Motion Sickness of Time Travel – Luminaries & Synastry
Posted In: Adam Williams, Digitalis, Luminaries & Synastry, Motion Sickness of Time Travel, Motion Sickness of Time Travel - Luminaries & Synastry, Rachel Evans
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“I have already told you of the sickness and confusion that comes with time travelling. And this time I was not seated properly in the saddle, but sideways and in an unstable fashion. For an indefinite time I clung to the machine as it swayed and vibrated, quite unheeding how I went, and when I brought myself to look at the dials again I was amazed to find where I had arrived. One dial records days, and another thousands of days, another millions of days, and another thousands of millions. Now, instead of reversing the levers, I had pulled them over so as to go forward with them, and when I came to look at these indicators I found that the thousands hand was sweeping round as fast as the seconds hand of a watch — into futurity”.
- H.G. Wells – The Time Machine
With her debut album Seeping Through The Veil Of The Unconscious resulting in Motion Sickness of Time Travel being propelled to the forefront of many experimental music fan’s consciousness, Rachel Evans returns with the full-length Luminaries & Synastry, released on Digitalis.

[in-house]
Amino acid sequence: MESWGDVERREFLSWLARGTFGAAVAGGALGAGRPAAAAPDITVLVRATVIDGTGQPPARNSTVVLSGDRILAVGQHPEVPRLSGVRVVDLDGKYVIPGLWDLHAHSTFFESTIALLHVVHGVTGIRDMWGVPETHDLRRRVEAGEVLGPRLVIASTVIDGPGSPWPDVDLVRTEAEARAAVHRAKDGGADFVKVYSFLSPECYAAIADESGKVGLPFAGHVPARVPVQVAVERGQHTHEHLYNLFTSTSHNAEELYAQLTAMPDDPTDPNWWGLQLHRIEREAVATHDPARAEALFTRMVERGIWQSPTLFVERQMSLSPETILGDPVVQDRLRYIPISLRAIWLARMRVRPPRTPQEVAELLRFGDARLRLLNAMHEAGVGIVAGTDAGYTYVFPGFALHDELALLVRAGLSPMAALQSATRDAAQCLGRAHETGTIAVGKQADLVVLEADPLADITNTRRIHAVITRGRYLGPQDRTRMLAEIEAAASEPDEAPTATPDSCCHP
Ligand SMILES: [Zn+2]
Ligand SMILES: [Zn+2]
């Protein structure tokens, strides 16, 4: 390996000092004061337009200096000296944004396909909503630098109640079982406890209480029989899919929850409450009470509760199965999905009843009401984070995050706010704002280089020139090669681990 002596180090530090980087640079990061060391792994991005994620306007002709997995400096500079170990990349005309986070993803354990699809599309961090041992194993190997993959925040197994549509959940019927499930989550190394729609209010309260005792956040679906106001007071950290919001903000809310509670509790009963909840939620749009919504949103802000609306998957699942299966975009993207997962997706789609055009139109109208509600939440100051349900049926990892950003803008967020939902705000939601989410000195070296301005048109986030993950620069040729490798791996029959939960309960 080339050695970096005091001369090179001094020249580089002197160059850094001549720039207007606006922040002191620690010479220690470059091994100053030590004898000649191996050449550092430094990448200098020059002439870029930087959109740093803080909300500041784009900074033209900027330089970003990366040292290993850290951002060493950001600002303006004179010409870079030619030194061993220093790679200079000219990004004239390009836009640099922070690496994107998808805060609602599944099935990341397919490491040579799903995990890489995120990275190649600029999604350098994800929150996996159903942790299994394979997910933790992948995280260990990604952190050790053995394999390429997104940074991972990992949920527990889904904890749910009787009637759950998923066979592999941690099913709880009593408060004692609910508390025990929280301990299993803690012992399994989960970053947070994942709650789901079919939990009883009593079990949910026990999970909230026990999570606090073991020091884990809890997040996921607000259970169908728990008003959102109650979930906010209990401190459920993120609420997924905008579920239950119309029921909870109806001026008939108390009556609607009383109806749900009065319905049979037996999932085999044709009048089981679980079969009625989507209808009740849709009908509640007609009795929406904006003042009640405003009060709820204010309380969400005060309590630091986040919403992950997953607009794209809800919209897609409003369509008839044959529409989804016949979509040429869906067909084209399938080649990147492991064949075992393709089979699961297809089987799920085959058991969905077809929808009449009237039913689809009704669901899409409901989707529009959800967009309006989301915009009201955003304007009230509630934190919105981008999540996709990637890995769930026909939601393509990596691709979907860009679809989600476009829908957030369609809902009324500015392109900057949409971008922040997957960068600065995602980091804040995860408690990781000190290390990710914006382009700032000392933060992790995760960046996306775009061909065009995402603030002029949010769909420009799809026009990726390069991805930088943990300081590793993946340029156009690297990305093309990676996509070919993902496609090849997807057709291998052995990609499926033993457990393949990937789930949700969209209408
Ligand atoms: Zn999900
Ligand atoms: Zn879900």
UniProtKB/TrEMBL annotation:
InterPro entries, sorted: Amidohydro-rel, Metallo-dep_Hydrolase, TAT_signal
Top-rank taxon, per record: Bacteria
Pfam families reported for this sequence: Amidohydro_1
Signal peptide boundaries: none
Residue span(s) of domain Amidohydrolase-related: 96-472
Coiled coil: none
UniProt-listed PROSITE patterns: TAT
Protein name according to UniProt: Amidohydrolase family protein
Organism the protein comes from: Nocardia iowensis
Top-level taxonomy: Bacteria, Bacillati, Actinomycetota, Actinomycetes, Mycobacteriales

When an artist gets such widespread and vocal acclaim from critics and fans alike, one tends to expect either of two situations; an overhyped flavour of the month or someone who is genuinely redefining a given genre through their music. Motion Sickness of Time Travel certainly falls in the latter camp and this second full length album offers music created with instruments and tones which are perfectly normal in of themselves, but somehow they culminate to form something new. Take the most formless vocal harmonies of Blondie’s Debbie Harry and perhaps add a little of French synth punk-rock pioneers Metal Urbain and then we may begin to approach a hint of Evans’ sound, but still not quite, she really is original.
The album opens with Luminaries and one is reduced to searching for metaphors in an attempt to explain the strange sound with words. An ambient pulsing synth leads the piece and Evans forms a sound of her own, steeped in LFO harmonies, with a definite uplifting timbre. The rhythmic electronic synthesis continues forward into Luminaries & Synastry and the artist conjures audial images of a world reminiscent of H.G. Wells’ Utopian vision for the future.
This unique, futuristic sound continues with third number Late Day Sun Silhouettes and Evans’ methods and style remains difficult to pin down. This is the crux of Luminaries & Synastry – the more one attempts to define Rachel’s intentions, the further they slip away from grasp. Better instead to enjoy the whirling, strange and very much otherworldly musical journey.
Luminaries & Synastry is an album comprising eleven tracks of a quite particular tone, yet it still sees Evans experimenting in a truly original way. It is truly a beautiful and forward thinking work of electronic tones, achieving much with its mood elevating harmonies. Fitting then that it is a Summer release as it shall no doubt prove a soundtrack to the next few months of long days and warm nights.
- Adam Williams for Fluid Radio
Luminaries & Synastry is available through Stashed Goods in limited edition coloured vinyl and also includes a CD copy of the album that features two extra tracks not on the vinyl!